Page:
NEW YORK — In this fall's TV season, a secret agent speeds around in a Chevrolet Camaro, a man tries to save the world with the help of a Dodge Ram pickup, and a famous talking car returns to the streets in the form of a Ford Mustang.
With auto sales at 15-year lows and traditional TV advertising less appealing than it used to be, automakers are hoping such starring roles for key vehicles will boost interest in _ and sales of _ their products.
The idea is to grab the attention of consumers without being too obvious, while also creating a positive image for the automaker, said Kelly O'Keefe, executive education director at the Virginia Commonwealth University Brandcenter, a graduate advertising program.
When done effectively, O'Keefe said, the practice has been shown to boost sales, and it can be very affordable for companies, which often can get their products placed just by providing them for free.
While product placement has become more popular in recent years because people are using digital video recorders to skip commercials, O'Keefe said the automotive industry's use of it is a good example of how the practice can take marketing a step further than a traditional 30-second spot.
"It's not just a byproduct of the DVR system, it also puts the product into a different context than an ad," O'Keefe said. "It's something that complements it."
It was that thinking that motivated General Motors Corp. to place two of its newest vehicles in NBC's new drama "My Own Worst Enemy," which premieres Monday night.
The show's central character, played by actor Christian Slater, has two different personalities. There's Henry, a suburban dad who drives GM's recently launched family-oriented Traverse crossover. Then there's Edward, a secret agent who speeds around in the new version of GM's Camaro sports car set to go on sale early next year.
"When you're integrated into a program, your product adds a presence and becomes a character in a way," said Dino Bernacchi, GM's director of marketing and branded entertainment.
The GM vehicles' starring roles are part of a wide-ranging marketing agreement that also ties in traditional TV commercials, a presence on the network's Web site and other promotions, Bernacchi said.
"The ads work harder and better when we get it working all together," he said. "It's not just that we have the vehicles placed there, there's a dialogue with the consumer through the show."
Chrysler LLC is focusing its TV marketing efforts on the its new 2009 Ram pickup set to launch this month. The truck will be featured in this season of Fox's "Terminator: The Sarah Connor Chronicles." It's part of a marketing package that pulls together custom-made one-minute commercials, online promotions and a truck giveaway.
The Ram also is being promoted through NBC's "America's Toughest Jobs" reality show, and with truck giveaways and funny 30-second vignettes during the network's Thursday night lineup.
Besides the obvious short-term sales benefits, the integration of a vehicle into a TV show can turn it into a pop culture icon that remains long after the shows go off the air and the cars stop coming off the assembly lines.
The Ford Torino will always be tied to the 1970s TV show "Starsky and Hutch," while the General Lee, a bright orange Dodge Charger, is one of the most memorable parts of "The Dukes of Hazzard," which aired in the '70s and '80s.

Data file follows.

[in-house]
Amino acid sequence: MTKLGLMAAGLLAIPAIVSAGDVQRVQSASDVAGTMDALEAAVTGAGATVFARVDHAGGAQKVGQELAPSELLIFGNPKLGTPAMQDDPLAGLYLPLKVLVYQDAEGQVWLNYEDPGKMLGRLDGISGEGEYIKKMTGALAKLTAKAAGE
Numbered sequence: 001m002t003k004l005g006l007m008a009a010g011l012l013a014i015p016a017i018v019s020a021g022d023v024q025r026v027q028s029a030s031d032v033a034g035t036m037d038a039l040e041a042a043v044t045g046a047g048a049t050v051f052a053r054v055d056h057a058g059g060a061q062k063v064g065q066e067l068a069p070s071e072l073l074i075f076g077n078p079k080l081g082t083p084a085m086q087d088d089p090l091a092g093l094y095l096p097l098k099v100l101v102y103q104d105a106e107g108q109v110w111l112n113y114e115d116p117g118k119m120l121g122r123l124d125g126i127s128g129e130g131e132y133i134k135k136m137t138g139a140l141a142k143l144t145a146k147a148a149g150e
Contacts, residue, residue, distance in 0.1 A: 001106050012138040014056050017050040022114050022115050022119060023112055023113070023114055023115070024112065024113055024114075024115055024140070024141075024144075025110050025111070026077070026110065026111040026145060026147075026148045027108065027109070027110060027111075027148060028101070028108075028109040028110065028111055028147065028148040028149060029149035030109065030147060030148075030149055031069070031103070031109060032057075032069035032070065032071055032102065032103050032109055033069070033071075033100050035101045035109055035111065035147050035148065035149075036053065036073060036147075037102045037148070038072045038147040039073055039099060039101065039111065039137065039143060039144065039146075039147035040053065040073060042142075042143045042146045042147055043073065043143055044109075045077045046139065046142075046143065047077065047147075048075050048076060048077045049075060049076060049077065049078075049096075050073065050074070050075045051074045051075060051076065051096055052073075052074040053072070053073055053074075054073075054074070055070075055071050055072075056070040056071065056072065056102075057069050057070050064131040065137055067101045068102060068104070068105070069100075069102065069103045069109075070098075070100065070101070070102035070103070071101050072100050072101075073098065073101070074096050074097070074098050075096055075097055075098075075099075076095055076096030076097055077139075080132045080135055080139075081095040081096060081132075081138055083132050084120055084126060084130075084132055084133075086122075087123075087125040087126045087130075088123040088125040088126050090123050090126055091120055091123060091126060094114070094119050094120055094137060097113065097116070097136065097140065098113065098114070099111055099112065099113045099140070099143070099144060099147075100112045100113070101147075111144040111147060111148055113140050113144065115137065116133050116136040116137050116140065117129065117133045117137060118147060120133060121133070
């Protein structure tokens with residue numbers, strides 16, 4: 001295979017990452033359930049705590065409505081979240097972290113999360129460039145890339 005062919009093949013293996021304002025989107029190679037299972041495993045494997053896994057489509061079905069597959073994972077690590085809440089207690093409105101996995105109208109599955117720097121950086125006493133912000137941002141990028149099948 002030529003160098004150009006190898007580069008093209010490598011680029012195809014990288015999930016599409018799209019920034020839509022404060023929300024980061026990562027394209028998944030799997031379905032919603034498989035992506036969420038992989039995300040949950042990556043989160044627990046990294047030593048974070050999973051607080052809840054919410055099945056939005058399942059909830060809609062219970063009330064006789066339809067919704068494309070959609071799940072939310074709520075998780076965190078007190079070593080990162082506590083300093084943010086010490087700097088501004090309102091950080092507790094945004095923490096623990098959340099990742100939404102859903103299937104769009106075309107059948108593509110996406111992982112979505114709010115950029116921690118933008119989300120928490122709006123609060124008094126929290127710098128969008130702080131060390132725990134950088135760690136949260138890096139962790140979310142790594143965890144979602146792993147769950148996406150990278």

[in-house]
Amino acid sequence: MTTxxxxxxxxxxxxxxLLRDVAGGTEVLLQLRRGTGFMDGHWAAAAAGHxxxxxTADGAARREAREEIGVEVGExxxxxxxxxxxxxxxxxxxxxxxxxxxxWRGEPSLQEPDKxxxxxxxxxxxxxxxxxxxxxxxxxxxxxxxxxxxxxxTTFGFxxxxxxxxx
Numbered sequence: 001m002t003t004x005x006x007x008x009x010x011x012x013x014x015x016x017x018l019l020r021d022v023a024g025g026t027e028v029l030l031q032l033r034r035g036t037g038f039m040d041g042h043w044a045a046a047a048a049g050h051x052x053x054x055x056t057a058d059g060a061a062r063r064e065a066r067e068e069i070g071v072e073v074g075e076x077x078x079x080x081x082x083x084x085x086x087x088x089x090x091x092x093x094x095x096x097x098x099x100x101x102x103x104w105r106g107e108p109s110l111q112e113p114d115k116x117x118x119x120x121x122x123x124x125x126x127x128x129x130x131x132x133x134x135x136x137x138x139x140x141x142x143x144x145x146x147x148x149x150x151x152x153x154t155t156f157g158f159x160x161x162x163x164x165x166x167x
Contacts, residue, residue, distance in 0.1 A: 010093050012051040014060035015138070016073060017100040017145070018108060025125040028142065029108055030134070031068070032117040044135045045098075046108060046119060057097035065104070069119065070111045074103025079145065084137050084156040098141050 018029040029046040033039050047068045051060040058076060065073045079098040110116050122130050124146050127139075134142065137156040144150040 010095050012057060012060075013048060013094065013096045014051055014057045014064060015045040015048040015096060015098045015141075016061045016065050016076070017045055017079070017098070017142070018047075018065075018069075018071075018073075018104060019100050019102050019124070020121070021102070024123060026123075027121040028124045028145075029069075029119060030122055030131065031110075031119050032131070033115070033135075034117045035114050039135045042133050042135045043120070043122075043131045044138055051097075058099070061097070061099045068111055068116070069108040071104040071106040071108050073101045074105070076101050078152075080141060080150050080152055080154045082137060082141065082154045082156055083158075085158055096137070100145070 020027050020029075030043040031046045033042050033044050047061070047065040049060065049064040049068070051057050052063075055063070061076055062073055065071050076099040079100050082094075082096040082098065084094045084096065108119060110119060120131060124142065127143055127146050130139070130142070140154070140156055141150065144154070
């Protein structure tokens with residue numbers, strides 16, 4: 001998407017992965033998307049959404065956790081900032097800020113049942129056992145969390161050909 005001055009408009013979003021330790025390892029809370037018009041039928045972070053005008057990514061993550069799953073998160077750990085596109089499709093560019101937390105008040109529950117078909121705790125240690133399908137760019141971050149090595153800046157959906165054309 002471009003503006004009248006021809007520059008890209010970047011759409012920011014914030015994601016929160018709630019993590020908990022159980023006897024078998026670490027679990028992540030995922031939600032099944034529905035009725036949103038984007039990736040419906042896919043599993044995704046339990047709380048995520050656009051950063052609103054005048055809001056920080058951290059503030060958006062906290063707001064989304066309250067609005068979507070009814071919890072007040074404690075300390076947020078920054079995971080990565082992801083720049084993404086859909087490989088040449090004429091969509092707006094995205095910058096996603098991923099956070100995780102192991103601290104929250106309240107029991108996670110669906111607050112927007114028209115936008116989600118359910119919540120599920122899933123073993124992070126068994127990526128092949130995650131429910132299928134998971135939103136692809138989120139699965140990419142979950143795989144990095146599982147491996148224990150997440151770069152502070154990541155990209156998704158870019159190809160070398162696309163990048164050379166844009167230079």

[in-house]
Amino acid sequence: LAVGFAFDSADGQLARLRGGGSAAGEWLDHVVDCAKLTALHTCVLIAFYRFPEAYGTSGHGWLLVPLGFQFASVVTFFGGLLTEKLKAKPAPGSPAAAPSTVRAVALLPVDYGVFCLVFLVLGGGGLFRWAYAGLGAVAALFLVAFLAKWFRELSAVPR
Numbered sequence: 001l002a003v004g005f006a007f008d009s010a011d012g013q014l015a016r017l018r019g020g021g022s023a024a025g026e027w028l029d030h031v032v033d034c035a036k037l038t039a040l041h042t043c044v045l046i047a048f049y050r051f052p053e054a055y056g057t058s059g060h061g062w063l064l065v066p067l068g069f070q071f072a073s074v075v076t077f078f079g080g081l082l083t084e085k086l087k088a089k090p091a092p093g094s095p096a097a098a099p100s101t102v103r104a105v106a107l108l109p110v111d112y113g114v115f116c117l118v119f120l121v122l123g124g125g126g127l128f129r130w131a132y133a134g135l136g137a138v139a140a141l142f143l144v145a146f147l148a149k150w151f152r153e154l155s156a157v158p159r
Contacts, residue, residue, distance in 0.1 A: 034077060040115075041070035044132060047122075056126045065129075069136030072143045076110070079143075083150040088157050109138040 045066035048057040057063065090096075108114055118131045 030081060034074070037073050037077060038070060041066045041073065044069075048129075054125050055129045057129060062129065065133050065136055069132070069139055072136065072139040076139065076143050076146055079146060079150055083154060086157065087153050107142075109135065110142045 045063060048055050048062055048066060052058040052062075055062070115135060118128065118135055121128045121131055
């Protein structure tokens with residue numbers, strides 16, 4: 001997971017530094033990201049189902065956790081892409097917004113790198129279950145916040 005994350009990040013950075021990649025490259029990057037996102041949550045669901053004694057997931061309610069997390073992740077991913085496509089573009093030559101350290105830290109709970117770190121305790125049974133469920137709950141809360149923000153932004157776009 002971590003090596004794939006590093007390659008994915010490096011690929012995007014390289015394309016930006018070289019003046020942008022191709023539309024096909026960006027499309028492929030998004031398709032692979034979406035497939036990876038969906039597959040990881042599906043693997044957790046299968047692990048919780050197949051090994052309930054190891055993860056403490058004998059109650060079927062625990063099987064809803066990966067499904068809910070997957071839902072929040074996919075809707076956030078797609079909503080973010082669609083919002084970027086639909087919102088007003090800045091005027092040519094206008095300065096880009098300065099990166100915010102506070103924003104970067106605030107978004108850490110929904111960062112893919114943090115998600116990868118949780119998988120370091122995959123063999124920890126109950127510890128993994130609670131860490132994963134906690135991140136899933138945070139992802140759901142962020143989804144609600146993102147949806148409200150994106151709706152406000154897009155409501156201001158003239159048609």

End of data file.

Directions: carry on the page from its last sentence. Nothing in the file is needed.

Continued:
Few images have endured longer in TV and movies than that of the Jeep, which was developed for use by the Army in the early 1940s and is now a Chrysler brand.
Versions of the Jeep have been the vehicle of choice for characters ranging from soldiers in World War II movies to the resourceful secret agent title character of the 1980s TV show "MacGyver."
In the 2005 action adventure film "Sahara," Jeep Wranglers were used in chase scenes across the fabled desert, which Susan Thomson, director of media for Chrysler, credits with renewing interest in the model in recent years.
Arguably, one of the most legendary vehicles in TV history is the Pontiac Trans Am from the 1980s series "Knight Rider." The talking car known as KITT returned to TV this fall as part of a new version of the show on NBC, but this time in the form of a Ford Shelby Mustang.
Bernacchi said NBC approached GM about providing a new vehicle to play KITT, but with Trans Ams long gone from the automaker's vehicle lineup, GM officials believed they couldn't do the fans of the original KITT justice.
"I think it's very difficult for anybody to walk in those shoes when it's not a Pontiac Trans Am," he said.
Bob Witter, Ford's Beverly Hills, Calif.-based brand entertainment manager, said Ford thought enough time has passed since the original "Knight Rider" to allow the Mustang to play the role of the new KITT.
The Mustang is an American icon in its own right, Witter said, perhaps most famously serving as Steve McQueen's wheels in the 1968 film "Bullitt."
"For us, this is the right kind of promotion," Witter said. "It's a cool, hip show that's targeted toward young people."
The automaker also has deals that place its vehicles in ABC's "Desperate Housewives" and Fox's "Fringe."
O'Keefe said the exposure the Mustang gets from "Knight Rider" could go a long way toward building the automaker's image.
"To put it in a context where people are going to see it a lot and talk about it a lot could be good for them," he said.
"At the end of the day, they still need to sell cars, and not just 500-horsepower Shelbys, but what this does is create the image that Ford's getting better."
NBC is owned by General Electric Co., Fox is a unit of News Corp., and ABC is owned by The Walt Disney Co.